Page:Dictionary of National Biography. Sup. Vol II (1901).djvu/134

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Dawson
Day
122

    1895; 2nd ed. 1896.
  1. 'Relics of Primæval Life,' 1897.

A full-length portrait in oils is in the Peter Redpath Museum.

[Quart. Journ. Geol. Soc. vol. lvi., Proc. p. liv; Geological Magazine, 1899, p. 575; information from Dr. G. M. Dawson, C.M.G. (son), and personal knowledge.]

T. G. B.

DAWSON, MATTHEW (1820–1898), trainer of racehorses, second son of George Dawson, who trained for Lord Montgomery at Bogside, and for the Earl of Eglinton and other lowland owners, was born at Gullane in Haddingtonshire on 20 Jan. 1820. After a severe apprenticeship under his father he soon attained to positions of trust under racing owners, and in 1859 it was largely owing to his persuasion that the wealthy ironmaster, James Merry, known as 'the Glasgie body,' purchased Lord John Scott's stud for six thousand guineas. As a consequence of this Merry decided to have his horses privately trained at Russley, and over the stable there 'Mat' Dawson presided from 1860 to 1866. In the former year he gained a great success for his master with Thormanby, who won the Derby and cleared 40,000l. in bets, besides the stakes (6,200l.) In 1866 he left Russley and started as a public trainer at Newmarket, where he took Heath House, originally built for his brother, Joseph Dawson, by Lord Stamford. There he trained, for the Duke of Newcastle, Julius, the Cesarewitch winner of 1867; while, among others, the Dukes of Portland and St. Albans, the Marquis of Hastings, and Lord Lascelles intrusted their horses to him. In 1869 he undertook the charge of Lord Falmouth's stud, and after a few years of comparative failure became identified with that nobleman's triumphal career upon the turf. When Lord Falmouth left the turf in January 1884 Dawson joined with 'Fred' Archer [q. v. Suppl.], who had been an apprentice in his stable and eventually married his niece, in presenting his patron with a silver shield inscribed with the winners of two Derbies, three Oaks, three St. Legers, three One Thousand, and three Two Thousand Guineas all trained and ridden by the donors. Thenceforth he attached himself less exclusively to one owner. But he was always ready to exert himself with special zeal on behalf of Lord Rosebery (who had nearly won the Derby with a colt out of Dawson's stable in 1873), and in 1894 he had the satisfaction of training a Derby winner, Ladas, for his appreciative patron. In the following year he retired finally to Exning (he had previously made over the Heath House stable to his nephew, George H. Dawson), but returned after two years to live at Newmarket, where he died on 18 Aug. 1898, leaving an unblemished reputation behind him. By his wife, who died in 1895, he left no issue. His three brothers, Thomas (d. 1880), Joseph (d. 1880), 'the finest stableman that ever entered a loose box,' and John, were all, like himself, trainers. Dawson was a fairly educated and well-read man, and is said to have been not infrequently discovered by his employers deeply immersed in the 'Quarterly Review.' Altogether he 'won' six Derbies, seven St. Legers, and four Gold Cups at Ascot.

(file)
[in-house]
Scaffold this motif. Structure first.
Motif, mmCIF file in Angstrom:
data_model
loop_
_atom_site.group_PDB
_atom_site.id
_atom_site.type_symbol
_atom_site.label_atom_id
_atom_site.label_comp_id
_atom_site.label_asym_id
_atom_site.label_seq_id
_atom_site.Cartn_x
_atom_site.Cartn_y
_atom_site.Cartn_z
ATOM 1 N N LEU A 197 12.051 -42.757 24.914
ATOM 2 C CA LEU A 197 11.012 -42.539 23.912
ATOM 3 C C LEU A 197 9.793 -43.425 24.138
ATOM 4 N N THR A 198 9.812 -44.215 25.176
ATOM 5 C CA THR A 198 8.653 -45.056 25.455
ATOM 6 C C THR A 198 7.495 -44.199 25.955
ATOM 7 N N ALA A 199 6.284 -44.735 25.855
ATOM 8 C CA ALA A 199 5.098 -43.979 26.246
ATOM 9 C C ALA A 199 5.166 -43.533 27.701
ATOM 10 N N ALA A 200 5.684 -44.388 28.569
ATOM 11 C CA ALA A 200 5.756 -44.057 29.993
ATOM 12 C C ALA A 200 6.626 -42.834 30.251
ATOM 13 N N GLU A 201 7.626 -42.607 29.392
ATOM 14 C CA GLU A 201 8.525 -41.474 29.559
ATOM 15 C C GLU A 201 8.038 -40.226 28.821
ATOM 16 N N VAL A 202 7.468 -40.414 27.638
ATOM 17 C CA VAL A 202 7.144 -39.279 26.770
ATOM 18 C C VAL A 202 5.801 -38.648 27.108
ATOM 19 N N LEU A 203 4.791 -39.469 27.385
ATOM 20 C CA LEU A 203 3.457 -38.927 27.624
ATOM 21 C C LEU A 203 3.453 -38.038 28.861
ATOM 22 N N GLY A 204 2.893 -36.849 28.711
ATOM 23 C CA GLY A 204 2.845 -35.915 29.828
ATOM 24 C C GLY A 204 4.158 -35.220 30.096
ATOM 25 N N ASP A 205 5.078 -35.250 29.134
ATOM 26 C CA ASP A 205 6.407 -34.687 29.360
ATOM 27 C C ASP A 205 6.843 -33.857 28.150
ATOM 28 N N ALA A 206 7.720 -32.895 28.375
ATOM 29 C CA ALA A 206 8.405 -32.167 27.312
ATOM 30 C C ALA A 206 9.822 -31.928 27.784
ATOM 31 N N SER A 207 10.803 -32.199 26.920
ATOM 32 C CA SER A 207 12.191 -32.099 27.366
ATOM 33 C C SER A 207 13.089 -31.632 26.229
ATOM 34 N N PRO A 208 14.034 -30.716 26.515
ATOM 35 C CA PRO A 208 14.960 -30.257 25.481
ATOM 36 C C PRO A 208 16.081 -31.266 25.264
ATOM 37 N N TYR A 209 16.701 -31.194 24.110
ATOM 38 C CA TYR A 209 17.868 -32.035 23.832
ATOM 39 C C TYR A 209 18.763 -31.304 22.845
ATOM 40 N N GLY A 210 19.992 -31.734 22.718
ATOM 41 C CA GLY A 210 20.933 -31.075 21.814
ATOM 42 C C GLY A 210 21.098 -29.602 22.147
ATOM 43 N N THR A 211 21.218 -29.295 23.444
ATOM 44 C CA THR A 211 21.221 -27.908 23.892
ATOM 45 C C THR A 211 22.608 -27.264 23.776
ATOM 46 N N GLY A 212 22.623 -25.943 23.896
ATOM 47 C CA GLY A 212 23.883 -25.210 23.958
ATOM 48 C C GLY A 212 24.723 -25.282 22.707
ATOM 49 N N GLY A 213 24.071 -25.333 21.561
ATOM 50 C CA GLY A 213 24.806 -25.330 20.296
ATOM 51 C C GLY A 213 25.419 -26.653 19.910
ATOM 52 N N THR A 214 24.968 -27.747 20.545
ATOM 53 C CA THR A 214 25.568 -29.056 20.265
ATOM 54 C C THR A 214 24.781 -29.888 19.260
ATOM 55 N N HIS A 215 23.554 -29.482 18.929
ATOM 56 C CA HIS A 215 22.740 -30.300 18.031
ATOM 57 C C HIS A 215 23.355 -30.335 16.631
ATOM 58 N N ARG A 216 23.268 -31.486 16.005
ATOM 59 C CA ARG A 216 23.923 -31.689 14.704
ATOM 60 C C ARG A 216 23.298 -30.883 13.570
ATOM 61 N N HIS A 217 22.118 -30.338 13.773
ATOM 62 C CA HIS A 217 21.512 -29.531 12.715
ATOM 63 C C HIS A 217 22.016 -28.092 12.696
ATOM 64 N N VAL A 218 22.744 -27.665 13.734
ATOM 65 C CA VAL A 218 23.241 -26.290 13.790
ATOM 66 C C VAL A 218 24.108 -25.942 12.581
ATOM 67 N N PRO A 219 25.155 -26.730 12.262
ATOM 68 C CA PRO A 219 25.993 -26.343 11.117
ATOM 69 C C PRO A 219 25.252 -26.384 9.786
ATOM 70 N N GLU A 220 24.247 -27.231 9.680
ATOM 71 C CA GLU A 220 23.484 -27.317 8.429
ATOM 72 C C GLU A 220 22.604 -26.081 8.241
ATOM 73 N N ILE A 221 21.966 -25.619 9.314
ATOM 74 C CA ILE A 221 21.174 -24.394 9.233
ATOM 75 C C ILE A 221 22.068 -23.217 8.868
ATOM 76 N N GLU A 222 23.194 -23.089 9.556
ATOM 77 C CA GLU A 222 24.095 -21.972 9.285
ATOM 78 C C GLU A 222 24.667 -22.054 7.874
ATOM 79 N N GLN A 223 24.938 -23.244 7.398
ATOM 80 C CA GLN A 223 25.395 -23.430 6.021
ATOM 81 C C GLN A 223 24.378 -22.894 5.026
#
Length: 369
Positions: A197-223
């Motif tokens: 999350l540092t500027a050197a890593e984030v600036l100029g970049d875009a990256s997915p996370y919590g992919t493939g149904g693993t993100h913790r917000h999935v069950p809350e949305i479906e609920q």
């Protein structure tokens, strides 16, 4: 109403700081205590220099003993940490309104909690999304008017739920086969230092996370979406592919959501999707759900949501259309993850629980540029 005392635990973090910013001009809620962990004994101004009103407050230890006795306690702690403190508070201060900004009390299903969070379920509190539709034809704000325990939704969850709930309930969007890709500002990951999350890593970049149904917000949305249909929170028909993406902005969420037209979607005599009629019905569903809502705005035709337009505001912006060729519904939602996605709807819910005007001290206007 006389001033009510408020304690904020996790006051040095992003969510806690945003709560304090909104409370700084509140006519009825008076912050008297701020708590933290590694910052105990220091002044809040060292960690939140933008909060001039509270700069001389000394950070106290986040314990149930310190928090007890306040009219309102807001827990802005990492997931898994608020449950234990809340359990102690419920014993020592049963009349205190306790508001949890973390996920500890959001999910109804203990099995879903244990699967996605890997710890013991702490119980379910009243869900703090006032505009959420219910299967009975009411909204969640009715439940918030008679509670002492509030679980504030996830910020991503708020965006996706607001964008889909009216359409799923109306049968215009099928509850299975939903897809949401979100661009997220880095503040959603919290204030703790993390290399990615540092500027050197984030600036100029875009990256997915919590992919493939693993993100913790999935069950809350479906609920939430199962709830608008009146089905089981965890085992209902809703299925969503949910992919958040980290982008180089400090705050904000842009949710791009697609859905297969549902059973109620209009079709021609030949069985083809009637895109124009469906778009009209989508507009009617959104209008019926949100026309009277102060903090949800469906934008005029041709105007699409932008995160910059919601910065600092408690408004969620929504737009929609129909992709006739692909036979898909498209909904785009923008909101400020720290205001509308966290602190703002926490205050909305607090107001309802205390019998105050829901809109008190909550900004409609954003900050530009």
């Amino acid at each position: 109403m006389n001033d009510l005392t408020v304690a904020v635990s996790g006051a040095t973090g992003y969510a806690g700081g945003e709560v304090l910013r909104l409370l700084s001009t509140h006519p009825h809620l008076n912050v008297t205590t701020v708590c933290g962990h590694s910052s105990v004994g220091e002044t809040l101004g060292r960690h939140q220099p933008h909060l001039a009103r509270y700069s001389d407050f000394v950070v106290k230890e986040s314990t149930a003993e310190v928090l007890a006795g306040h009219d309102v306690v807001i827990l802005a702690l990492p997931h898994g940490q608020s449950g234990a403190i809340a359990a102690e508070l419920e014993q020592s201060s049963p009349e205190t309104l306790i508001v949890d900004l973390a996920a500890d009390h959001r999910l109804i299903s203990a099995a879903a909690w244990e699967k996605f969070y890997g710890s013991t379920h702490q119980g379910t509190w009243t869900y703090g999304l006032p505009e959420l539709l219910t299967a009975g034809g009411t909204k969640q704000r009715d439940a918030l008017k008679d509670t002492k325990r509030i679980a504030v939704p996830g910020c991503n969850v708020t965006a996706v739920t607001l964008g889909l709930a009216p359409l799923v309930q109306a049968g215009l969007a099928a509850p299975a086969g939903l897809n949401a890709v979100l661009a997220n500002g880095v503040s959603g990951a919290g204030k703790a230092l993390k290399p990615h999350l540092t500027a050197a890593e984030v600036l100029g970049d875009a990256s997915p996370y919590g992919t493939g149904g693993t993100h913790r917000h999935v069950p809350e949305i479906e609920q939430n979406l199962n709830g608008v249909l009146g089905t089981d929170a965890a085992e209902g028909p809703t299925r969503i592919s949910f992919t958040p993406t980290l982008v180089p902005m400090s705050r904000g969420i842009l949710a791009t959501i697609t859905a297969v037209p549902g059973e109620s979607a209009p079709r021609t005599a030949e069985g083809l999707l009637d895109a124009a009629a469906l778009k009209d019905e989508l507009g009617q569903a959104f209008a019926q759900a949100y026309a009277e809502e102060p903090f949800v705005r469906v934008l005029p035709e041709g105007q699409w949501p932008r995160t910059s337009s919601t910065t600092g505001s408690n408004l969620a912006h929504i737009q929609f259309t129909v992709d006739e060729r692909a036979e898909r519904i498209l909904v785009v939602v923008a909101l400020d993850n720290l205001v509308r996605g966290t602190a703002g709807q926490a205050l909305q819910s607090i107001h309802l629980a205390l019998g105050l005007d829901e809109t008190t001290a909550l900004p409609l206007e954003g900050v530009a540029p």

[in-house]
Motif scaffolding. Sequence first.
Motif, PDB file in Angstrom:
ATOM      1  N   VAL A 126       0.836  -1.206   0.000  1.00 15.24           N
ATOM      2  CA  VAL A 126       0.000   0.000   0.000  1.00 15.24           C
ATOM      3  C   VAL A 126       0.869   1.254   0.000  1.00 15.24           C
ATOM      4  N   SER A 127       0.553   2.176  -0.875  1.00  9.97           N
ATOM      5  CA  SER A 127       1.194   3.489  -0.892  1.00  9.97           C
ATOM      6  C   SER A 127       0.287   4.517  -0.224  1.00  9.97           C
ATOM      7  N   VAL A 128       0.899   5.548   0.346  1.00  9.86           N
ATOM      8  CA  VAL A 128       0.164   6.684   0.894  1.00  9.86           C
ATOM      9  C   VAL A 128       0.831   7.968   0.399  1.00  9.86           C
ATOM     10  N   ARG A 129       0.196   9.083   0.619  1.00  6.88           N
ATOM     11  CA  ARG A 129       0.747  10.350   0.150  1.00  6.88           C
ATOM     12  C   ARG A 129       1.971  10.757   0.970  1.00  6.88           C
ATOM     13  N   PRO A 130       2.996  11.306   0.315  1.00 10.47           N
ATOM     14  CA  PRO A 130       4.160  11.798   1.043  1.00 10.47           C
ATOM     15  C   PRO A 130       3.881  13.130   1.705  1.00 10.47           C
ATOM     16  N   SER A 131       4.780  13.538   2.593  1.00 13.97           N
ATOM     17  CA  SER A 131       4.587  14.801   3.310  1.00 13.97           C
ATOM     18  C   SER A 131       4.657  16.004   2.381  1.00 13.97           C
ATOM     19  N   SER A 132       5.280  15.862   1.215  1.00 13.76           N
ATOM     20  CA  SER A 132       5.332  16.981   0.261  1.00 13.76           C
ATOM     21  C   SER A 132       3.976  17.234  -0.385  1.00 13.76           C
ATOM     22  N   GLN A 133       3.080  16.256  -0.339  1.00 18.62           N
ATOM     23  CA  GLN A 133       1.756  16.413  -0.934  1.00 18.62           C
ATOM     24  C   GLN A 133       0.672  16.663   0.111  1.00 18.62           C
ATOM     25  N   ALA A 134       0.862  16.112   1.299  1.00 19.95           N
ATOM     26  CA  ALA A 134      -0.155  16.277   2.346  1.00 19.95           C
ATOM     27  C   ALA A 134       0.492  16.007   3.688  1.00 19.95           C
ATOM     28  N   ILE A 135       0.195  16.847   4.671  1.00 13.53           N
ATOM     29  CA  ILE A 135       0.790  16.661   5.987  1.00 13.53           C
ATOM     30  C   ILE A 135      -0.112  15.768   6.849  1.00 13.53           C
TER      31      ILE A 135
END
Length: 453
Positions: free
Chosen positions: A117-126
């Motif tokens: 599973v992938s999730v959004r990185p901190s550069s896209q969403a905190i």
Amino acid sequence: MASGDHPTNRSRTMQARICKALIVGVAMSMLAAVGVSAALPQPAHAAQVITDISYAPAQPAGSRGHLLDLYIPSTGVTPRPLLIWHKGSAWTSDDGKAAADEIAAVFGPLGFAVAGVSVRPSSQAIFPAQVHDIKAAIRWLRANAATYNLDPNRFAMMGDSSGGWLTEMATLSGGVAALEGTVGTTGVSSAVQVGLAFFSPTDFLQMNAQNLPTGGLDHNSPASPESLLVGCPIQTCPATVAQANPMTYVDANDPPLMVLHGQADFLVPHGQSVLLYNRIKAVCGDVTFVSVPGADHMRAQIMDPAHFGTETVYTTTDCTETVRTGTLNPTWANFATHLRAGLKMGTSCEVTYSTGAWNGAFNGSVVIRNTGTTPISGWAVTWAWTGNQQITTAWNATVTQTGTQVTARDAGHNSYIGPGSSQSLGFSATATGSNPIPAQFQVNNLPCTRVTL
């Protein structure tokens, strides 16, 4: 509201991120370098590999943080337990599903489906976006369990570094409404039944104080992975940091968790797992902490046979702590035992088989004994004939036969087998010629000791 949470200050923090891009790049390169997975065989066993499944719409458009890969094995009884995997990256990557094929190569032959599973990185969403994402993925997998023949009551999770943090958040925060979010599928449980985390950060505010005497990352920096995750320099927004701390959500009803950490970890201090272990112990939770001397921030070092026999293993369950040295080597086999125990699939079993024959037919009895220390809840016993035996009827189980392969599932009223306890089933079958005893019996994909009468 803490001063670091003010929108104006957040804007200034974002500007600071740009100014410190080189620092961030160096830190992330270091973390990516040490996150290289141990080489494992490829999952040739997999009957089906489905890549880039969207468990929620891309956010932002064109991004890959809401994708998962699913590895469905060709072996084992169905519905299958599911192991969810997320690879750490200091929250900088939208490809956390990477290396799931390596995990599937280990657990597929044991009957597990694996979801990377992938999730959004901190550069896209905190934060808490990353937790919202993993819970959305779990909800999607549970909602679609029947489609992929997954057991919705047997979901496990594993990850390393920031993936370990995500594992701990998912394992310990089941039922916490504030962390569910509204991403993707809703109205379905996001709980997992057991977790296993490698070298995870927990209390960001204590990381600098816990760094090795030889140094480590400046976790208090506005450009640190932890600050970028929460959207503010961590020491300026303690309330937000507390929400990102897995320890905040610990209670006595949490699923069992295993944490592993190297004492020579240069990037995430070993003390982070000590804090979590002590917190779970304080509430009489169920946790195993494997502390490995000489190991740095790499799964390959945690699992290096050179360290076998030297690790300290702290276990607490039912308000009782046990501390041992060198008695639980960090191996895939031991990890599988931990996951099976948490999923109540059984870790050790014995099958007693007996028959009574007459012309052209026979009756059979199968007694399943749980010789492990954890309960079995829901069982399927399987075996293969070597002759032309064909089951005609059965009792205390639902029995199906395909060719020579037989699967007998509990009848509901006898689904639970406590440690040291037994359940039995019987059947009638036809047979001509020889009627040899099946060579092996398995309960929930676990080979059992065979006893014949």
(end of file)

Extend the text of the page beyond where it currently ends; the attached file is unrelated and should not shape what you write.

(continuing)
[Times, 19 Aug. 1898: Daily Telegraph, 19 Aug. 1898; Field, 20 Aug. 1898; Thormanby's Kings of the Turf, 1898, pp. 323-4 (with portrait); Porter's Kingsclere, 1896, chap, xiii.; Scott and Sebright, by The Druid, p. 251; Black's Jockey Club.]

T. S.

DAY, FRANCIS (1829–1889), ichthyologist, third son of William Day of Hadlow House, Maresfield, Sussex, by his wife Ann Le Blanc, was born there on 2 March 1829. He was educated under Dr. Kennedy at Shrewsbury school, and studied medicine at St. George's Hospital, London, taking his M.R.C.S. in 1851. He entered the Madras medical service in 1852, and served through the second Burmese war.

An enthusiastic naturalist, and especially devoted to ichthyology, Day seized every opportunity for extending his knowledge of the fish-fauna of the countries he passed through, and was ultimately appointed inspector-general of fisheries in India. In that capacity he was author of many valuable reports published between 1865 and 1877.

He was promoted surgeon-major on 26 Feb. 1872, and retired with the rank of deputy surgeon-general on 1 Nov. 1876. Returning to England he settled at Cheltenham, where he continued his ichthyological studies. He took part in various exhibitions, and his exhibits received a silver medal at Paris in 1875, a bronze medal at Berlin in 1880, a silver medal at Norwich in 1881, a gold and a silver medal at Edinburgh in 1882, and three gold medals at London in 1883. Of this last exhibition he was appointed commissioner for the Indian department, and besides the medals received a 100. prize for a treatise on 'The Commercial Sea Fishes of Great Britain.' He was also awarded a silver medal by the 'Societé d'Acclimatation' of Paris in 1872.

He was made C.I.E. on 6 June 1885, and also received the cross of the crown of Italy. He was created an honorary LL.D.